After winning a case against the Swiss prosecution in late 2005, and filling a new lawsuit seeking damages from the Swiss government in early June, Youssef Nada, former manager of the Al Taqwa Bank, although currently listed by the UN as an individual associated to Al Qaeda and the Taliban, surprisingly still appears to be bypassing all international sanction mechanisms. He recently decided to sell his residence in Campione d’Italia (Italian enclave in the Swiss territory), once raided by the Italian police in November 2001. The residence, now featured on Christie’s Great Estates website, is on sale for 10,570,000 Swiss Francs (8,505,673 USD) and is described as an “exclusive villa with sweeping views” by its Swiss real estate agent (christies_nada.jpg).
In paragraph 2 (a) of its resolution 1390 (2002), the UN Security Council decided that States shall freeze without delay the funds and other financial assets or economic resources of the individuals whose names appear on the list, as well as the funds and other financial assets or economic resources of: “groups, undertakings and entities, including funds derived from property owned or controlled, directly or indirectly, by them or by persons acting on their behalf or at their direction, and ensure that neither these nor any other funds, financial assets or economic resources are made available, directly or indirectly, for such persons’ benefit, by their nationals or by any persons within their territory”.
The UNSC Resolution 1390 (2002) was adopted under Chapter VII of the Charter of the United Nations, and is therefore binding on all UN member states, but in its second report of November 2003, the UN Monitoring Group noted the “reluctance on the part of States to freeze tangible assets such as business or property.”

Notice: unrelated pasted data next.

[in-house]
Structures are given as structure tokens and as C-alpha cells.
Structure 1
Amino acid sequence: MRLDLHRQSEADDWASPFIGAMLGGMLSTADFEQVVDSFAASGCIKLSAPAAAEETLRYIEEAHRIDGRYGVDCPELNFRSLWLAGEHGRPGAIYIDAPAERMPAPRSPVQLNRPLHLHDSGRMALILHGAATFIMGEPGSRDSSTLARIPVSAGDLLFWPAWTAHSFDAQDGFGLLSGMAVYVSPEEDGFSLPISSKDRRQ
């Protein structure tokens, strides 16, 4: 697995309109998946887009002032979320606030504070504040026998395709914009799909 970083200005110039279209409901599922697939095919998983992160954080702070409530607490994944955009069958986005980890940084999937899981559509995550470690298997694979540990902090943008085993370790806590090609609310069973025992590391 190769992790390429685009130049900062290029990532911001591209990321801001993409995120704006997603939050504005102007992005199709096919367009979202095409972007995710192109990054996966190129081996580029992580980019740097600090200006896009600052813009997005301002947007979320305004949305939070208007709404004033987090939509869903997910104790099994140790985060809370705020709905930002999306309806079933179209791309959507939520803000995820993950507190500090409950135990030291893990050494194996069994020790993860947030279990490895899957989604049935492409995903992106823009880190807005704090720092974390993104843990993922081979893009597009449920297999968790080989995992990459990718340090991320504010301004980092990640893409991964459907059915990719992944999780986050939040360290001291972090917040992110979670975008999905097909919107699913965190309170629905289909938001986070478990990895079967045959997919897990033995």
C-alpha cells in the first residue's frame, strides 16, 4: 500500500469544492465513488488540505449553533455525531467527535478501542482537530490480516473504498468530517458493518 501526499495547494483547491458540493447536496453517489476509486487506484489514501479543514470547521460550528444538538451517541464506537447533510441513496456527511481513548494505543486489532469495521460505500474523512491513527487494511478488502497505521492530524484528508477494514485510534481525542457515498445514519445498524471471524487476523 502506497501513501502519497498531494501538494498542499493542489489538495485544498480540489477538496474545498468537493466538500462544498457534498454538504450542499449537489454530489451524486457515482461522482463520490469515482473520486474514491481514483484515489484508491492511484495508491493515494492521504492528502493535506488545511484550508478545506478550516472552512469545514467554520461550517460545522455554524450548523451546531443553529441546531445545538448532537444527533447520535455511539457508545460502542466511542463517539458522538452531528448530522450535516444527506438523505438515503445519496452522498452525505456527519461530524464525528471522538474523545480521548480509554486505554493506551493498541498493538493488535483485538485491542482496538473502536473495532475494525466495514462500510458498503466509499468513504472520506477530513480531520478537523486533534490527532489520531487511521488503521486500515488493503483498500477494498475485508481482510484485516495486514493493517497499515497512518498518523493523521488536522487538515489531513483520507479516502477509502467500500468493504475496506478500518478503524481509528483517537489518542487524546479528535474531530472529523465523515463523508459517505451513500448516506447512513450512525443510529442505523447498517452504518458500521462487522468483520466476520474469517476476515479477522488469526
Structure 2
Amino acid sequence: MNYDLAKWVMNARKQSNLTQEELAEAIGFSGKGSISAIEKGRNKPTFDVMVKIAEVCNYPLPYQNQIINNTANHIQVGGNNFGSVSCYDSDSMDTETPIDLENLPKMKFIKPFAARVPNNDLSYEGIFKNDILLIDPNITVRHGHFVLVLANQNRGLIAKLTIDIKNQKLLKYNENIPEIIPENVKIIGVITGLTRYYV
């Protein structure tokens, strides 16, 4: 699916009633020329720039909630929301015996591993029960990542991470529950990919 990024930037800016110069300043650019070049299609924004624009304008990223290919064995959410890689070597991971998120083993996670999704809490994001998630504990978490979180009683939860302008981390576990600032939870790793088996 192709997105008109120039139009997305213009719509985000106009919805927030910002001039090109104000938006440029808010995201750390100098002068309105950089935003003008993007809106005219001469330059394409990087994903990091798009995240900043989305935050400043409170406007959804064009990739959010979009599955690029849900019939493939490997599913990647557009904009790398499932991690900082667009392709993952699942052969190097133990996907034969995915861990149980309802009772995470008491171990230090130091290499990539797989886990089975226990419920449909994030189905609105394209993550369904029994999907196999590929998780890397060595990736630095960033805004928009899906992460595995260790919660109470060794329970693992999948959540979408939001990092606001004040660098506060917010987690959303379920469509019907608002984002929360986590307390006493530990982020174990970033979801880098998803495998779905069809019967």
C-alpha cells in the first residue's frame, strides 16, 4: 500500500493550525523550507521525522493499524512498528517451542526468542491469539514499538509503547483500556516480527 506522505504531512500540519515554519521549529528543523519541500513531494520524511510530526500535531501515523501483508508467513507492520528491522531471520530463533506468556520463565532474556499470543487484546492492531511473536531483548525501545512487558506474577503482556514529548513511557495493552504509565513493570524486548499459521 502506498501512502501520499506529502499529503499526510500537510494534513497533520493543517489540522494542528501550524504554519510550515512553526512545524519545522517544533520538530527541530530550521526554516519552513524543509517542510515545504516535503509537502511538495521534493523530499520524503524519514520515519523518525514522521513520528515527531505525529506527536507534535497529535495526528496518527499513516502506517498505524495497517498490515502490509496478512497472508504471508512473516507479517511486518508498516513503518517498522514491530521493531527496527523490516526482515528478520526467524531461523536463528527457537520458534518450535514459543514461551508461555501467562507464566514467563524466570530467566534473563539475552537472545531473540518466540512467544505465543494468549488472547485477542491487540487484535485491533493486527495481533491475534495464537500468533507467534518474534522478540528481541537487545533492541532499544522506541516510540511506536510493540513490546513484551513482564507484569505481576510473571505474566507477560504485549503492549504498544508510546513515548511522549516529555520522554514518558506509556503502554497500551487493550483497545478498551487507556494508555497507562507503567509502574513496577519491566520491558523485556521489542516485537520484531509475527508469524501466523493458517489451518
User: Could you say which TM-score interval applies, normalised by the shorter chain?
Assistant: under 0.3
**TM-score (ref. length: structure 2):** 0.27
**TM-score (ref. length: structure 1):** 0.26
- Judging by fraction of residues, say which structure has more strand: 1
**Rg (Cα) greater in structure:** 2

The report stated that “while actions have been taken by a number of countries to freeze Nada’s and Nasdreddin’s bank accounts, or accounts held in the name of one or more of their enterprises, nothing has been done with respect to any of their other physical or business assets. This included, inter alia, their residences and/or commercial property in Campione d’Italia, Lugano, and Milan.”
The report further recommended that “each country should also adopt and implement measures, including legislative ones, which would enable the competent authorities to seize and confiscate property that is the proceeds of, or used in, or intended or allocated for use in, the financing of terrorism, terrorist acts or terrorist organisations”.
On its part, the Financial Action Task Force also decided, at its meeting held in Stockholm in October 2003, to set forth in greater detail the obligations to freeze effectively terrorist-related assets, including assets other than bank accounts. It issued a new interpretative note regarding the property to be seized and the procedures to be used. It made it clear that the obligation to freeze funds and other assets, pursuant to various United Nations resolutions, included “those [assets] wholly or jointly owned or controlled, directly or indirectly, by designated persons”.
Despite these legal and doctrinal rules, it seems that several governments still fail to comply with their international obligations, for the sole benefit of the designated individuals.